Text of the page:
About the Tour


Wendy’s Boycott to take national stage from March 16-29, 2017, with whirlwind tour across Midwest, Southeast…

From March 16th to 29th, 2017, members of the Coalition of Immokalee Workers and their allies will embark on the longest protest action in the last 10 years of the Campaign for Fair Food, joining thousands of consumers in mobilizing for the national Wendy’s Boycott.  The Return to Human Rights Tour will travel to the heart of Wendy’s territory for a major action in Columbus, Ohio, on March 26th, and will end the following week with a massive vigil in Tampa, Florida — stopping in nearly a dozen cities over the 13-day journey, including Atlanta, Chicago, Minneapolis, and more!

When we launched the national boycott last spring, we gave three reasons for declaring the boycott, and Reason #1 was the following:

Wendy’s has shifted its purchases from Florida to Mexico:  Wendy’s has not only refused to join the FFP, but has stopped buying tomatoes from Florida altogether following the implementation of the Fair Food Program there.  Rather than support US growers setting new standards for human rights in the agricultural industry, Wendy’s took its tomato purchases to Mexico, where the widespread denial of human rights in the produce industry was the subject of an in-depth expose by the Los Angeles Times just one year ago. 

Since that blustery day in Manhattan, the Wendy’s Boycott has spread like wildfire, embraced by students and faith leaders, human rights activists and consumers of conscience across the country.  Yet, in spite of the growing wave of pressure from consumers over the past several months — including the more than 75,000 consumers who signed the Change.org petition pledging to boycott Wendy’s and last month’s back-to-back-to-back Behind the Braids tours — the final fast food hold-out has dug in its heels.  When faced with the stark contrast between the baldly inhumane working conditions in the fields of Mexico and the unprecedented human rights advances in Florida, the fast-food giant responds coldly: “…right now, we are quite happy with the quality and taste of the tomatoes we are sourcing from Mexico.”

When we launch the Return to Human Rights Tour this coming March, we will be demanding that Wendy’s return to the fields of Florida, where “quality” is defined not simply by the guarantee of tasty fruit, but also by the guarantee of respect and dignity for the women and men who harvest the fruit.  And we will bring the full force of the Fair Food Nation to Wendy’s corporate doorstep to do so.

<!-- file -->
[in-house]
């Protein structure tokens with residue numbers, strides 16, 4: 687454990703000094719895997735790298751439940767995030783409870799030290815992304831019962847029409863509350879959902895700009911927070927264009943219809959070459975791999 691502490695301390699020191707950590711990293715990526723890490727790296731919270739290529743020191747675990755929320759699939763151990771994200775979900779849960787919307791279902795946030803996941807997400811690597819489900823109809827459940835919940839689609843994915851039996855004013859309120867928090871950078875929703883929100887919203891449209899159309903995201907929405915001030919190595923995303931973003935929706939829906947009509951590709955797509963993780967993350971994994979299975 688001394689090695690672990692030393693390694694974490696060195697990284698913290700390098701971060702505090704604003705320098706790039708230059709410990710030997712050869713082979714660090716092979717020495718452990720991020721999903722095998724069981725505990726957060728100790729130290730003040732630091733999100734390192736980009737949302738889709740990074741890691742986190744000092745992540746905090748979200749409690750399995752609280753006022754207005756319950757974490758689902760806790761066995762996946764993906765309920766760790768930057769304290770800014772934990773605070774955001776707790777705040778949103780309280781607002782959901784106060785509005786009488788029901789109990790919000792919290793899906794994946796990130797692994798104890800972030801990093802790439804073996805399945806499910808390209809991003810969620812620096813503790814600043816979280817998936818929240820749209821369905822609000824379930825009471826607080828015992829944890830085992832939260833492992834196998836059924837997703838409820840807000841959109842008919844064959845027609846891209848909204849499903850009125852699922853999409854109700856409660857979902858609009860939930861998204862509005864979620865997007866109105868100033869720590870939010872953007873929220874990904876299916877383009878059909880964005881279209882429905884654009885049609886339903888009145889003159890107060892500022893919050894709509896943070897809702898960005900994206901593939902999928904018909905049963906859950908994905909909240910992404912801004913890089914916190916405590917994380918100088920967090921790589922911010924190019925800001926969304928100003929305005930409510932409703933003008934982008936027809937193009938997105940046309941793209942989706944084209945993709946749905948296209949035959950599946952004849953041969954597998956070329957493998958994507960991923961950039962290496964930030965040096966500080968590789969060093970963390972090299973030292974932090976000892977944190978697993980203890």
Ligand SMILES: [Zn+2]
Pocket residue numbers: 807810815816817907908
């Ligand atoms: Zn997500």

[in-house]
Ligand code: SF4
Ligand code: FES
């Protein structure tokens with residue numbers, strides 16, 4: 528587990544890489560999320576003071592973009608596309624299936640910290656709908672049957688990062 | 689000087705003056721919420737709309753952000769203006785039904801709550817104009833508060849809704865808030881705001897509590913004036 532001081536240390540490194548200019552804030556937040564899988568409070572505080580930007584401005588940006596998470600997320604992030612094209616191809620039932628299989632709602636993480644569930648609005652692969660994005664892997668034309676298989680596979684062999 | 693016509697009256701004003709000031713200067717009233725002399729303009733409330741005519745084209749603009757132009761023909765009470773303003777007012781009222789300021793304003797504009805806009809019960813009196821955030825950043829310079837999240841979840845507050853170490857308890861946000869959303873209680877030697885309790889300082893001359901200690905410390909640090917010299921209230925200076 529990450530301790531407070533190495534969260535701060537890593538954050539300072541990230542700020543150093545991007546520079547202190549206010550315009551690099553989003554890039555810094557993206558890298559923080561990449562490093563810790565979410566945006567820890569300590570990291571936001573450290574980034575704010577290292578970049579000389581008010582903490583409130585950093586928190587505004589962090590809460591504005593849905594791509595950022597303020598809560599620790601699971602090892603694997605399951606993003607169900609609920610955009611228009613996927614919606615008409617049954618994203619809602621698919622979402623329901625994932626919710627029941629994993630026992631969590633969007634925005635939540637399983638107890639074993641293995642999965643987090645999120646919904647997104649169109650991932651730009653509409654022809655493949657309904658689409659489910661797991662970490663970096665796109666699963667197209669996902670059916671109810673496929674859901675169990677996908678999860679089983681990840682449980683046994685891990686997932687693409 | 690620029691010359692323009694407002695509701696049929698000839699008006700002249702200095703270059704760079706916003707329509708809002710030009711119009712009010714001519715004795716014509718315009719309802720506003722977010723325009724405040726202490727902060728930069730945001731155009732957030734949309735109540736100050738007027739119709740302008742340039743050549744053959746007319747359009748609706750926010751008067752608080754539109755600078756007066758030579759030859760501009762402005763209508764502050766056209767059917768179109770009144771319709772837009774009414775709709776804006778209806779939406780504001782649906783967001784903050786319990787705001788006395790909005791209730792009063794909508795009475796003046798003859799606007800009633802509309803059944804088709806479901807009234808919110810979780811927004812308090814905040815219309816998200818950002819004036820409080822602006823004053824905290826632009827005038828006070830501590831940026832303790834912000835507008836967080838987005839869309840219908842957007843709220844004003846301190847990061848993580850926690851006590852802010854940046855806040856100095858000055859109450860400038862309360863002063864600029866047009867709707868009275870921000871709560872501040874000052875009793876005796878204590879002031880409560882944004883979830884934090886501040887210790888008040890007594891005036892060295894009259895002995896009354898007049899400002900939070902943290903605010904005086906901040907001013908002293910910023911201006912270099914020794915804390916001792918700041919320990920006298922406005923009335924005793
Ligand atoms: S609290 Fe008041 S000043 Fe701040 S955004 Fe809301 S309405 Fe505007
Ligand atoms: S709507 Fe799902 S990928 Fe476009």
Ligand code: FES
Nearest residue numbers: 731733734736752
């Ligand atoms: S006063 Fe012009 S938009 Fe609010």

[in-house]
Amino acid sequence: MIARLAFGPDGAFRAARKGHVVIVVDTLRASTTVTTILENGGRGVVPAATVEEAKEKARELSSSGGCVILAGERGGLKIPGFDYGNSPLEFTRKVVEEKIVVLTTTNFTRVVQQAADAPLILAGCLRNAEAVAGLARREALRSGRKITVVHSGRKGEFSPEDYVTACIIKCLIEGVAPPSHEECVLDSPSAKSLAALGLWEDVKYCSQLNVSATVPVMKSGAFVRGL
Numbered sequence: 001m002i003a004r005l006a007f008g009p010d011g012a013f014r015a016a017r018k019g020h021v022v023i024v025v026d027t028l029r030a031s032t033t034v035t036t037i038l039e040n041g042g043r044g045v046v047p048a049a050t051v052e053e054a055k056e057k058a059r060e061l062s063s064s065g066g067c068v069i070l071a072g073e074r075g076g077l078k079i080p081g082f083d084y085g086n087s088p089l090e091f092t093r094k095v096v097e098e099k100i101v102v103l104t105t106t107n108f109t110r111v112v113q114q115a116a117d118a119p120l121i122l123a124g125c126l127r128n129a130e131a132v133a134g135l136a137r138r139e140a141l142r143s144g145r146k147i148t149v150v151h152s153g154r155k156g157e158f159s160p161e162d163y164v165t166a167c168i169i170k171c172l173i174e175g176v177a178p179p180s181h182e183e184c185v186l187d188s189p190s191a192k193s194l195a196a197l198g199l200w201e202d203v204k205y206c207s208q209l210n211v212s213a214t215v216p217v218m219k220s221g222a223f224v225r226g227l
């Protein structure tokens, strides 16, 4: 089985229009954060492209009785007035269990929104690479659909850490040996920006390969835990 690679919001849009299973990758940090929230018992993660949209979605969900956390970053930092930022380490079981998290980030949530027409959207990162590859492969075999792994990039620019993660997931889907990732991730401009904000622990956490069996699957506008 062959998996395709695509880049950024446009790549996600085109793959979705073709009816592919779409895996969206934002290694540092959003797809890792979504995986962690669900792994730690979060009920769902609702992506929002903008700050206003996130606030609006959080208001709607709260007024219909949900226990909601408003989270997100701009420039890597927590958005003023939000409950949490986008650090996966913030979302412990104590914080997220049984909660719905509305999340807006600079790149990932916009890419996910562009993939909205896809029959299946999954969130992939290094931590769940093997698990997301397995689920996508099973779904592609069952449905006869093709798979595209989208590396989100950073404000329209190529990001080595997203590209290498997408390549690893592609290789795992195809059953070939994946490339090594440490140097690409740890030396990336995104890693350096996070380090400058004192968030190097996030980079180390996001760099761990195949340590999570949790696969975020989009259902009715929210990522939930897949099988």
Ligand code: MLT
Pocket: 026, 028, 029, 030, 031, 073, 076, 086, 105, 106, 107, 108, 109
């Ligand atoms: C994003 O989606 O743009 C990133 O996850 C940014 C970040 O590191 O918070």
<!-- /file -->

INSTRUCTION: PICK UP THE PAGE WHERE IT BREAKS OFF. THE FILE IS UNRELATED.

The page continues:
Justice for All…

However, this national tour isn’t just about demanding human rights in Wendy’s supply chain.  In today’s world, no social justice movement — no matter how big or how urgent it may be — can afford to focus solely on its own cause. 

The world is changing rapidly around us, and sounding the call for a broad and inclusive new human rights movement has become imperative if we are to protect the fragile progress toward ever-greater social justice that we have made across the generations.  The agenda for the Return to Human Rights Tour will reflect that new reality.  From visiting Mother Emanuel African Methodist Episcopal Church in Charleston, SC, where nine parishioners were murdered in cold blood while in prayer by a young man deranged by the newly re-ascendant sickness of white supremacy, to meeting with other immigrant, labor, and social justice organizations along the 2,000-mile route of the 14-day tour, CIW members will spend the Return to Human Rights Tour strengthening relationships, reflecting on the challenges ahead, and taking action with an eye toward the broader struggle to preserve fundamental human rights that unites us all.

Get your banners ready!…

In this Fair Food Nation that we have built — with the hard work and great sacrifice of tens of thousands of farmworkers, and hundreds of thousands of consumers, over more than two decades — we are extraordinarily fortunate to be at the heart of one of today’s most vibrant and successful movements.  Together, we are building a new world in this country’s fields in which fundamental human rights are truly inalienable.  

But we are not finished.  Indeed, the Fair Food Nation will not be complete until it includes fields and crops, and growers and buyers, throughout the country. The next step toward that end is getting Wendy’s to return to Florida and to real, verifiable human rights.  

And we are not alone.  If we are to secure our hold on that great arc about which Dr. King spoke so beautifully fifty years ago and bend it ever more toward justice, we must continue to come together across the many movements for social change in this country in one broad movement for fundamental human rights.